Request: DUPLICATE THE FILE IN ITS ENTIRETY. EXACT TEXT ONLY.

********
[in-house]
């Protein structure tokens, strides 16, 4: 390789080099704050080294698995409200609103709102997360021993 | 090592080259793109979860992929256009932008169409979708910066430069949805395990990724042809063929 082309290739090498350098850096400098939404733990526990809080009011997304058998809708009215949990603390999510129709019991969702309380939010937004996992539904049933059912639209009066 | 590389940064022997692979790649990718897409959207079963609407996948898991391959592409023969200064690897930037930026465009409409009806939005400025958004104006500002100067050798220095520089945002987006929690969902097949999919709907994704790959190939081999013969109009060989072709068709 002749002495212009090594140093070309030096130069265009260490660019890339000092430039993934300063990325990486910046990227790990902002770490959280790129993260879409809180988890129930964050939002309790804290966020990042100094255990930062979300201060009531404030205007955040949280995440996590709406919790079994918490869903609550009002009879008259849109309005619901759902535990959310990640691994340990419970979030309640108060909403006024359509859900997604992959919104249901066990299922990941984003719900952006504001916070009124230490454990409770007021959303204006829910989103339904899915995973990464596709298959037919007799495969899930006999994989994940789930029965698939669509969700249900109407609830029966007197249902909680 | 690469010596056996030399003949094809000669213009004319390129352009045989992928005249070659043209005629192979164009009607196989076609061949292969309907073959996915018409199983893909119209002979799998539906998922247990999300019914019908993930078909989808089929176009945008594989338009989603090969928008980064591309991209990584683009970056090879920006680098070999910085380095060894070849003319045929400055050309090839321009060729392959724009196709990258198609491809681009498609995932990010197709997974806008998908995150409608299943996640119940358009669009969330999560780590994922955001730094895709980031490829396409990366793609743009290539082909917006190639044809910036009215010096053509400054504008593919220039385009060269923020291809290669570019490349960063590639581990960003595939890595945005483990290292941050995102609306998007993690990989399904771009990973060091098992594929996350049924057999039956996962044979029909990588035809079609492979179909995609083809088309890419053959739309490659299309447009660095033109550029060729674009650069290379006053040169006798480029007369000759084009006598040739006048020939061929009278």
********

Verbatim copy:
[in-house]
């Protein structure tokens, strides 16, 4: 390789080099704050080294698995409200609103709102997360021993 | 090592080259793109979860992929256009932008169409979708910066430069949805395990990724042809063929 082309290739090498350098850096400098939404733990526990809080009011997304058998809708009215949990603390999510129709019991969702309380939010937004996992539904049933059912639209009066 | 590389940064022997692979790649990718897409959207079963609407996948898991391959592409023969200064690897930037930026465009409409009806939005400025958004104006500002100067050798220095520089945002987006929690969902097949999919709907994704790959190939081999013969109009060989072709068709 002749002495212009090594140093070309030096130069265009260490660019890339000092430039993934300063990325990486910046990227790990902002770490959280790129993260879409809180988890129930964050939002309790804290966020990042100094255990930062979300201060009531404030205007955040949280995440996590709406919790079994918490869903609550009002009879008259849109309005619901759902535990959310990640691994340990419970979030309640108060909403006024359509859900997604992959919104249901066990299922990941984003719900952006504001916070009124230490454990409770007021959303204006829910989103339904899915995973990464596709298959037919007799495969899930006999994989994940789930029965698939669509969700249900109407609830029966007197249902909680 | 690469010596056996030399003949094809000669213009004319390129352009045989992928005249070659043209005629192979164009009607196989076609061949292969309907073959996915018409199983893909119209002979799998539906998922247990999300019914019908993930078909989808089929176009945008594989338009989603090969928008980064591309991209990584683009970056090879920006680098070999910085380095060894070849003319045929400055050309090839321009060729392959724009196709990258198609491809681009498609995932990010197709997974806008998908995150409608299943996640119940358009669009969330999560780590994922955001730094895709980031490829396409990366793609743009290539082909917006190639044809910036009215010096053509400054504008593919220039385009060269923020291809290669570019490349960063590639581990960003595939890595945005483990290292941050995102609306998007993690990989399904771009990973060091098992594929996350049924057999039956996962044979029909990588035809079609492979179909995609083809088309890419053959739309490659299309447009660095033109550029060729674009650069290379006053040169006798480029007369000759084009006598040739006048020939061929009278």